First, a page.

The Girl From Mexico
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Lupe Velez got her big break in Hollywood when Dolores del Rio proved unavailable to costar in The Gaucho (1927) opposite Douglas Fairbanks and Mary Pickford. Though Velez often acted in dramatic roles early in her career, she had been discovered for Hollywood pictures by producer Hal Roach and later distinguished herself as a comic talent in Fox's Hot Pepper (1933), United Artists' Palooka (1934), and Strictly Dynamite (1934) from RKO Radio Pictures. RKO tapped the fiery Latina again to play The Girl from Mexico (1939), a songbird from South of the Border spirited away by ad man Donald Woods to New York City and a spot on national radio. Velez's fractured English, elastic beauty, and penchant for calamity made her a hit with moviegoers, who packed New York's Rialto for three weeks during the film's initial theatrical run, and with critics, who branded Velez "a first rate comedienne." The success of The Girl from Mexico prompted RKO to give the actress her own film series, beginning with Mexican Spitfire (1940) and running to six sequels. (Series regular Leon Errol would stay with the franchise to the very end, while Donald Woods was replaced in subsequent films as Velez's long-suffering husband by Charles "Buddy" Rogers and Walter Reed.) Mexican Spitfire's Blessed Event (1943) marked Velez's final American film before her untimely death in 1944 at the age of only 36 - a tragic demise that fueled endless speculation and a particularly unsavory chapter of Kenneth Anger's muckraking Hollywood Babylon.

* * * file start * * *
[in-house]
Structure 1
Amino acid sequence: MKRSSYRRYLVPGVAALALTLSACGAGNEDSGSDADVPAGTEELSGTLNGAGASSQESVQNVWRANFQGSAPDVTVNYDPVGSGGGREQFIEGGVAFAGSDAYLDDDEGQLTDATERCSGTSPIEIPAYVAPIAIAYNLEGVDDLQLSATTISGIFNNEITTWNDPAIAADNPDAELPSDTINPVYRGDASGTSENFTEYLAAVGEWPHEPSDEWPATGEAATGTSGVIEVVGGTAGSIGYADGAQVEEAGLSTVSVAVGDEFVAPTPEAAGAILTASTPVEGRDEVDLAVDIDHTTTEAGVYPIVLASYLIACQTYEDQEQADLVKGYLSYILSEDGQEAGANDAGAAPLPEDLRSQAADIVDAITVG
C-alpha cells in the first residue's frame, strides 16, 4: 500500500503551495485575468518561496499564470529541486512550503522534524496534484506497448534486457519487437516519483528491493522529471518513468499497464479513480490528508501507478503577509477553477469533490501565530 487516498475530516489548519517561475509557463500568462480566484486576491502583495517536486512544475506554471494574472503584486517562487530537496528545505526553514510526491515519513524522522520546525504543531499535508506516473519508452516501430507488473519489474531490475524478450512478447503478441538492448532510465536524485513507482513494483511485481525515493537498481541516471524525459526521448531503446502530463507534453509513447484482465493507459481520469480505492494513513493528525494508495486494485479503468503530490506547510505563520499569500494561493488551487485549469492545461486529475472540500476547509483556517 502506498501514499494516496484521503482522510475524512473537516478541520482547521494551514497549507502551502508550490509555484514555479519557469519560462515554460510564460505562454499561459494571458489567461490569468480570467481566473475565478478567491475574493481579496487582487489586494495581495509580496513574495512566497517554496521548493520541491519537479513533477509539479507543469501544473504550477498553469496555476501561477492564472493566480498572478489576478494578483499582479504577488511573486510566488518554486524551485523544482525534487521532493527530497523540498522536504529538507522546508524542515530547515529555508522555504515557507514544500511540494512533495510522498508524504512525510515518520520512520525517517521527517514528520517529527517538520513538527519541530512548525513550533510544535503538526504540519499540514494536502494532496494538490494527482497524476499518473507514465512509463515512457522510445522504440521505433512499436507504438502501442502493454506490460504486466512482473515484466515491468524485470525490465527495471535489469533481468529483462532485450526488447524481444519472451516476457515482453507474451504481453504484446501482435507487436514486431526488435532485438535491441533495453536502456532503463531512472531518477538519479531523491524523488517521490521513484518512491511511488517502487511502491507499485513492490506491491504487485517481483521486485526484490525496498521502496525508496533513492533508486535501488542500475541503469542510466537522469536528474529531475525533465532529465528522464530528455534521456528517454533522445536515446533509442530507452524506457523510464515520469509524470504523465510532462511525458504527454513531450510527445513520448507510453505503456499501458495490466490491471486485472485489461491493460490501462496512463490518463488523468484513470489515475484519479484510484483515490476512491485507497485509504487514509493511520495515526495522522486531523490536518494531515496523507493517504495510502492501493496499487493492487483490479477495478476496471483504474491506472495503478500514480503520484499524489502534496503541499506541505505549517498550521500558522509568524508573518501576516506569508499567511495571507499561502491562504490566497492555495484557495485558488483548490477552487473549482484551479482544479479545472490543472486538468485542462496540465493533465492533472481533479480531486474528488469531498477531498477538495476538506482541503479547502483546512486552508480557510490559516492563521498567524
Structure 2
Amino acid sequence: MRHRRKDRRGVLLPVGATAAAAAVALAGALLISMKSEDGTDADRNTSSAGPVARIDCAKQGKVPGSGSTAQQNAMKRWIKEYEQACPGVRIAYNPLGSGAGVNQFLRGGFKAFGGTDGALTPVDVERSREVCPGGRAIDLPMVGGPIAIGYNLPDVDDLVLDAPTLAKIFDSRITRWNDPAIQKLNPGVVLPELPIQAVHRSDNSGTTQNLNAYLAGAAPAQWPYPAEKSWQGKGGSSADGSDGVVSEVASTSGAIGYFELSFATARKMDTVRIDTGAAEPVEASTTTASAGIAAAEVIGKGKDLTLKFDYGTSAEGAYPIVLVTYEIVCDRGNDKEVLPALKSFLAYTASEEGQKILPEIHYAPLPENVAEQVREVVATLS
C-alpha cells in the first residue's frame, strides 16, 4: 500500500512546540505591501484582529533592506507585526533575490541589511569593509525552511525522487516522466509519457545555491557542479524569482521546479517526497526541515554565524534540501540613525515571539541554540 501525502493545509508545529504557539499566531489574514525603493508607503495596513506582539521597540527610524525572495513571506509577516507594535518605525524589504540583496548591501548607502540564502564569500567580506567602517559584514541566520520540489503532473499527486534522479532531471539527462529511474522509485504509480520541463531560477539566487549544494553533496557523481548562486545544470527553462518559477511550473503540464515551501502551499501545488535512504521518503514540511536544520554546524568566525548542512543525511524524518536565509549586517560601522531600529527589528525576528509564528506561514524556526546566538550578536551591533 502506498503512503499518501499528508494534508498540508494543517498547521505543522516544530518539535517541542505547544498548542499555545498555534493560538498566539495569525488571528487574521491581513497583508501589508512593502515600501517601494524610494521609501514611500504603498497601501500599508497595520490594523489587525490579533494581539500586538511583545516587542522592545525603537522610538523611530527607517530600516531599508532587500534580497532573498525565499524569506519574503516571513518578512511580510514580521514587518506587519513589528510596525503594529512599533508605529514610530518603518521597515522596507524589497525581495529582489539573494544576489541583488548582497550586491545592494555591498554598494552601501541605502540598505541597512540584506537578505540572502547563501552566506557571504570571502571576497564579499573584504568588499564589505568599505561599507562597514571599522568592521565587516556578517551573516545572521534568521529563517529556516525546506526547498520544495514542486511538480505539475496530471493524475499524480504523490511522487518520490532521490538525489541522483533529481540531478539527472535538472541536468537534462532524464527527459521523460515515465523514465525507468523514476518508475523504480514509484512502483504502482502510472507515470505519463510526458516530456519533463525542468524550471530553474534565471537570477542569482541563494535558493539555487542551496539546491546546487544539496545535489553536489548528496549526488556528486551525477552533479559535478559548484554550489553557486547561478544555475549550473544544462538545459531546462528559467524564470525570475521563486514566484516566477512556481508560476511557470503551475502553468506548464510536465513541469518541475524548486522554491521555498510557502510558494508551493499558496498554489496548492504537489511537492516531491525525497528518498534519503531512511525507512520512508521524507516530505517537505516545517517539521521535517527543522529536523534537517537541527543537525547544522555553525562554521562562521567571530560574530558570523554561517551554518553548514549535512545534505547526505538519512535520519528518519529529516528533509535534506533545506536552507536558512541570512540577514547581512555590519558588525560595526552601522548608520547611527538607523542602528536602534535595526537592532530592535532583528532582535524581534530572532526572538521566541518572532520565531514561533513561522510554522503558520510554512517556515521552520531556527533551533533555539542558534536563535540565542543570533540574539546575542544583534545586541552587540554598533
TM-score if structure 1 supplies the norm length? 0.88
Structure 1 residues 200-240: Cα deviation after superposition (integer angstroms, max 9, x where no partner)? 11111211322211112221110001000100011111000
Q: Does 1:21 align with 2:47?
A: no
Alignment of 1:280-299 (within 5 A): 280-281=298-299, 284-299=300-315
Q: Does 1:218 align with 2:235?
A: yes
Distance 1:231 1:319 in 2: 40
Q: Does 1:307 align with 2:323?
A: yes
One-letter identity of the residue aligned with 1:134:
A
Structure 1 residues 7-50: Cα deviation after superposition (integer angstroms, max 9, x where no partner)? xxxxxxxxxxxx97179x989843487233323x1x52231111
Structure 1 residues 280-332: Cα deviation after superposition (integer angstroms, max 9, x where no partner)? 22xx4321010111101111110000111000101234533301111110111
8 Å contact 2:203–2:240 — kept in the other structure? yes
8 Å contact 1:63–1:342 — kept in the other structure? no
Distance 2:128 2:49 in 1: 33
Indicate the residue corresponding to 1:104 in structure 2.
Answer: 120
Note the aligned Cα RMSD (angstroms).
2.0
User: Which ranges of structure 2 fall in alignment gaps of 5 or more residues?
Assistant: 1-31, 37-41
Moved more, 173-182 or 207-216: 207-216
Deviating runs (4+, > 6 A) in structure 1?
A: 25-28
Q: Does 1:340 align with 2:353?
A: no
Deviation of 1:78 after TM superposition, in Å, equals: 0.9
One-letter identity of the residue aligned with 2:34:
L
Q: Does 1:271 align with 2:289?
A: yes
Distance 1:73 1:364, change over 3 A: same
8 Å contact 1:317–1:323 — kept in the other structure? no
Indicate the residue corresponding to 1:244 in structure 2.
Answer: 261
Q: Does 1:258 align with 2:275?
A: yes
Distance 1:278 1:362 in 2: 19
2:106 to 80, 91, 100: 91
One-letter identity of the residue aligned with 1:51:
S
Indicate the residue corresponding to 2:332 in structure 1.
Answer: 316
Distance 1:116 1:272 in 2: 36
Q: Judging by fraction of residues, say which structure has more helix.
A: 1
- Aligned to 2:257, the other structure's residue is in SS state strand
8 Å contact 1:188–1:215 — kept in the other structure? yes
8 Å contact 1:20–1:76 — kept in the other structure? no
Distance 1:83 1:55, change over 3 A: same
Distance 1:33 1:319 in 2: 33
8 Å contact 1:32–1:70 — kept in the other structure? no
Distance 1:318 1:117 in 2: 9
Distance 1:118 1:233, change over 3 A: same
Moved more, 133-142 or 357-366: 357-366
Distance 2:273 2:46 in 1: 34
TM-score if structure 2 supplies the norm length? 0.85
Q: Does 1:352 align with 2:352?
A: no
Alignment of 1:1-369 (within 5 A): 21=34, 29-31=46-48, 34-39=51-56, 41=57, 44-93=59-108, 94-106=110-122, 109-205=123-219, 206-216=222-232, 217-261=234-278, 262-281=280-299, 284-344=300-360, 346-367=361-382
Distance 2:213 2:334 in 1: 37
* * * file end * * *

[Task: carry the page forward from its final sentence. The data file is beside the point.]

By Richard Harland Smith